The Michigan Department of Natural Resources (DNR) does not stock Skamania-strain steelhead in the Rogue River, and their presence is a bit of a mystery.
However, the runs can be good some years on the rogue and the smaller river that looks more like a trout river, it is preferred by many anglers over bigger rivers like the St Joe which due to the unpredictability of the Skamania’s presence.
Many anglers with continue to fish for steelhead into the fall when the regular steelhead season begins.
The Best Methods For Michigan Summer Steelhead
In Michigan, summer steelhead are often active, feeding, and can be caught using multiple fishing methods.
The float fishing method involves a long 10 to 14-foot fishing rod, bait, and float.
The float, also known as a bobber, allows the angler to keep the bait suspended at varying depths.
Float fishing is a popular technique for catching summer steelhead in Michigan becuase it can be used in slower and faster rivers.
One of my specialties is teaching and guiding with floats for steelhead so I can assure you it is one of the most effective methods.
I explain why at Centerpin Fishing For Beginners, or for more advanced anglers, check out Centerpin Fishing For Steelhead: Tips and Tactics Used By Guides.
Fly fishing for Michigan summer steelhead using nymphs, egg flies, and streamers is a very good option.
Summer steelhead are known to even take dry flies which is pretty damn exciting.
I’ve been fishing dry flies for brown trout and rainbows and have had big summer steelhead grab my fly which is always a surprise.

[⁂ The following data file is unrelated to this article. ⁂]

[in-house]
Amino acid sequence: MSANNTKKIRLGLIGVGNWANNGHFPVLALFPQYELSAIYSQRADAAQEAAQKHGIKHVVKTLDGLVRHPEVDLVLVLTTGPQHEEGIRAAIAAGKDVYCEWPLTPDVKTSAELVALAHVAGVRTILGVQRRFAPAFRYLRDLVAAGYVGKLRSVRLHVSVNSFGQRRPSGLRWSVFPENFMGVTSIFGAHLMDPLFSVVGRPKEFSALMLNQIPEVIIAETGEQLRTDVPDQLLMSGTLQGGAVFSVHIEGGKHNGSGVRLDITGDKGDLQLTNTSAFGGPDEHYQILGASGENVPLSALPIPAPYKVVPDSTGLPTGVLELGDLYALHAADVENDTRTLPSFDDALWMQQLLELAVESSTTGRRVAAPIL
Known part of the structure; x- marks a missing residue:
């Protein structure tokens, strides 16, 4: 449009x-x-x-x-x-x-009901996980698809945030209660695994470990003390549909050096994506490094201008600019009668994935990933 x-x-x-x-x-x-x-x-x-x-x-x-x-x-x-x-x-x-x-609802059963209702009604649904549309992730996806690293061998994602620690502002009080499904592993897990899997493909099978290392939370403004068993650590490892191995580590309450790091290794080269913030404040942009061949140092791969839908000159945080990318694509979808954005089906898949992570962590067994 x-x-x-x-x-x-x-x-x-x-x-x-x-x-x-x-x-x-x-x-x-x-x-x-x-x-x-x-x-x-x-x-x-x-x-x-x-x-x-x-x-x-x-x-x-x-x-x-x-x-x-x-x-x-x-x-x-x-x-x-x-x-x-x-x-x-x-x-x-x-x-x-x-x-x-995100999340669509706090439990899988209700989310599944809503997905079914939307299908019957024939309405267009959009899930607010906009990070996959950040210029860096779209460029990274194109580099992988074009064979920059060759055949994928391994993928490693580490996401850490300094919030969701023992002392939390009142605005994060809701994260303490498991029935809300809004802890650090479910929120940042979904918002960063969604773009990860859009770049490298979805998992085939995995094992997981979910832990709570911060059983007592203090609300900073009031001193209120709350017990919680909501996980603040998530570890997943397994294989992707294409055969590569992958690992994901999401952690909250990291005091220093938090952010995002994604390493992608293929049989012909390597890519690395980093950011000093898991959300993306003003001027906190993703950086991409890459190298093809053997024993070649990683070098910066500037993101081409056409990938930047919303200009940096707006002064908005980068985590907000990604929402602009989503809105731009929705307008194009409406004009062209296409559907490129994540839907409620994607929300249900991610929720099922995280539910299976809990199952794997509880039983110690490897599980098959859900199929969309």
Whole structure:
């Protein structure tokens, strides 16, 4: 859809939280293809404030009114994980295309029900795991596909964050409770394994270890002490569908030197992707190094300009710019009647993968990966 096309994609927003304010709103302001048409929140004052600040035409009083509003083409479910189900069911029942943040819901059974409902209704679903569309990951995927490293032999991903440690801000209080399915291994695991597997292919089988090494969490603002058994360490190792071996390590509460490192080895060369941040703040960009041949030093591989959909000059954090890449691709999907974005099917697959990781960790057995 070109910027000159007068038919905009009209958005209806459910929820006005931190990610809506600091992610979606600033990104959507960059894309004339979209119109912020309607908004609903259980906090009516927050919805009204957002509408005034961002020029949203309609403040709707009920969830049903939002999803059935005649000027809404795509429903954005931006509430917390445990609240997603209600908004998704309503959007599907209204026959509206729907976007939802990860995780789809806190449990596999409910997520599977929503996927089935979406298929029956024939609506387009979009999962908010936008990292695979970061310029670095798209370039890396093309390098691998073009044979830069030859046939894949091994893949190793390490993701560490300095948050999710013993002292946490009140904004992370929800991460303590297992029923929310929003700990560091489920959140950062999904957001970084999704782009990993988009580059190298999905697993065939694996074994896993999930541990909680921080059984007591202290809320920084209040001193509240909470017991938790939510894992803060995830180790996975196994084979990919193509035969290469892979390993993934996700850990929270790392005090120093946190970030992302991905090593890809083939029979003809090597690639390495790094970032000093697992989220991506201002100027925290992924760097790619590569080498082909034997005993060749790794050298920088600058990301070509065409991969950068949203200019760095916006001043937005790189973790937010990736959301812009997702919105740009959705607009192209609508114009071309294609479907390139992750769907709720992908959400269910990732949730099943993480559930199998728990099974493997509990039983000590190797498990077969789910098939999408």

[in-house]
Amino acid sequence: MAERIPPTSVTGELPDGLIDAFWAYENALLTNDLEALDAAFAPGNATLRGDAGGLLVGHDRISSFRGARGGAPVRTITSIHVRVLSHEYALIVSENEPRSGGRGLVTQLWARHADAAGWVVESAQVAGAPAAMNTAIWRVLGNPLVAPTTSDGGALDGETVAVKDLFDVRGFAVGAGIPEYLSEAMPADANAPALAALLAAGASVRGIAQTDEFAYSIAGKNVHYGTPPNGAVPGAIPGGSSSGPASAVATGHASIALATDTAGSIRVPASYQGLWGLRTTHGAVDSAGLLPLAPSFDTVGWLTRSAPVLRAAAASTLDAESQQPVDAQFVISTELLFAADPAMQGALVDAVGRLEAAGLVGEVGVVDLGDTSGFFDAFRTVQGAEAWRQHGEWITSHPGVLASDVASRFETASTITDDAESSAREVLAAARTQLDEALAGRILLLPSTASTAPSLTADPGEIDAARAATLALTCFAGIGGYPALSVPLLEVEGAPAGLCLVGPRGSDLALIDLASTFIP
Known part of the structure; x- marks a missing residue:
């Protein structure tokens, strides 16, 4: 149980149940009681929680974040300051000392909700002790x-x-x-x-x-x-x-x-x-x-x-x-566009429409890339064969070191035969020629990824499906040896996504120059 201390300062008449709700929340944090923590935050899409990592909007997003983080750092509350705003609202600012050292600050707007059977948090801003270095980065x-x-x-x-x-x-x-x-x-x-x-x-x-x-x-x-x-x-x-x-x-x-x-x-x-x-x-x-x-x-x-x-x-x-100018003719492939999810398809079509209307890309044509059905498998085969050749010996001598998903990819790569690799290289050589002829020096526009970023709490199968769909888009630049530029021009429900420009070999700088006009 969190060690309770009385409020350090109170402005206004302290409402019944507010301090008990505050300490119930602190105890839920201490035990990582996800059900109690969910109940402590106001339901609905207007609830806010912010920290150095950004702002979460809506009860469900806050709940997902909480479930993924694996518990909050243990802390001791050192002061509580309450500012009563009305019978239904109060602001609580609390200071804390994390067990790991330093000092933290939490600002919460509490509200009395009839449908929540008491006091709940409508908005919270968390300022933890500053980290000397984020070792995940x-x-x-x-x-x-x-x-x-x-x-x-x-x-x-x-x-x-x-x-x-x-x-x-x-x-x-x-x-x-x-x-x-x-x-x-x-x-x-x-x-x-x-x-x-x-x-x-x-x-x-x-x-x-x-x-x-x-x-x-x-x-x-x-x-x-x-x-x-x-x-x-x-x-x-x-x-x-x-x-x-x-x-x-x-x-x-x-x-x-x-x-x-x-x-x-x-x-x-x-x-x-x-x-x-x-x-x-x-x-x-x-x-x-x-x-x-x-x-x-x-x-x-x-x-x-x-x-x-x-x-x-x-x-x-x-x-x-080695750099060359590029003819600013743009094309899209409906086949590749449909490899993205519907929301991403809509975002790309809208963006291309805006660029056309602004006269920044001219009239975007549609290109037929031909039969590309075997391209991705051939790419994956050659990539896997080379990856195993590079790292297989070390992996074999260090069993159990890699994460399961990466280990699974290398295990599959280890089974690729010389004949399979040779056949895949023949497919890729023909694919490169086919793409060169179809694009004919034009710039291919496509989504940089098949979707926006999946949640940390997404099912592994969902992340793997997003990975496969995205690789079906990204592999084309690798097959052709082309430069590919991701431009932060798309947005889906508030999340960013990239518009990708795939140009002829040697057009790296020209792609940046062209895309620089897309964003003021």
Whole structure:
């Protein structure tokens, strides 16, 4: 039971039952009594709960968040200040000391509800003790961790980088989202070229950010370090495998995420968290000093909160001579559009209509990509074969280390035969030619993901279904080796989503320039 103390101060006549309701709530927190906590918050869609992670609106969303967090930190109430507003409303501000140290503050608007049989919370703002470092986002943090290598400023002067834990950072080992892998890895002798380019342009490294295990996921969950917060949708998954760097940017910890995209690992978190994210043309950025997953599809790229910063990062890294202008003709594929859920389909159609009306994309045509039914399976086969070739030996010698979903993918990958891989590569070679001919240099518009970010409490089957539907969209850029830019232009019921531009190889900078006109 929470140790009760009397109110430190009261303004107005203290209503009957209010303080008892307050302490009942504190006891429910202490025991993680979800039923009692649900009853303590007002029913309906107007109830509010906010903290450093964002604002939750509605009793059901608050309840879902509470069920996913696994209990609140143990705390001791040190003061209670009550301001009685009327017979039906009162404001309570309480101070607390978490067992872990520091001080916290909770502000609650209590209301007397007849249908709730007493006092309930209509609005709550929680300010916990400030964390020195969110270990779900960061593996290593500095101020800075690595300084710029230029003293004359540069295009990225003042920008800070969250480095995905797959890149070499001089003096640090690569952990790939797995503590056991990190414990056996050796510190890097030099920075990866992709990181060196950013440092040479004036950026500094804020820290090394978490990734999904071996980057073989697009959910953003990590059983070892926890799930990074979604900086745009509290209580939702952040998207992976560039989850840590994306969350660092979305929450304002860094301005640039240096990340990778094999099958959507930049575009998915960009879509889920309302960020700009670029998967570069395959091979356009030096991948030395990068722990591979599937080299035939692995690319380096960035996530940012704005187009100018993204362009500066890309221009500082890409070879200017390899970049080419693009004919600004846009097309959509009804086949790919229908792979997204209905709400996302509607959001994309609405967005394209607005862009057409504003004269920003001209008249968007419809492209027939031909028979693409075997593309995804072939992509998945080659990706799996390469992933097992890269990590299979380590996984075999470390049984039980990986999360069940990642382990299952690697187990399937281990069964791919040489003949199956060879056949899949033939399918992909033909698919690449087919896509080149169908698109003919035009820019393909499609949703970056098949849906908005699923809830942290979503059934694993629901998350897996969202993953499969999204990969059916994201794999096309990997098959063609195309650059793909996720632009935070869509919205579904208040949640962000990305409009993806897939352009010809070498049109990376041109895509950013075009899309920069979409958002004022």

The right fly, leader set up, and the right size tippet, combined with the right fishing spot are essential factors for a successful fly-fishing experience. I discuss all of this in my article Fly Fishing For Steelhead.
Spin fishing uses a spinning lure to attract the attention of the summer steelheads. Summer steelhead is known for its long runs, so an adequate spin fishing gear should have a line that is solid and long enough to hold a steelhead.
Check out our articles:
Other Methods For Michigan Summer Steelhead Fishing
Anglers fishing the rivers will also use still fishing and drift fishing methods and will change based on the area and type of river.
As an example, larger rivers that are fairly deep are often fished using the Drift Fishing Method.
Pocket water, shallower and smaller spots fish best using the Bottom Bouncing Method.
The Best Baits, Flies, and Lures
An active summer steelhead will feed on almost anything and is quickly attracted to the right baits that could represent their natural food.
I find that summer steelhead fishing in the late spring and summer requires different baits than in the fall.
Many anglers and I use bobbers and small jigs tipped with wax worms, or nymph flies, worms, micro streamer flies, grubs, and maggots, all of which are preferred over spawn bags at this time of year.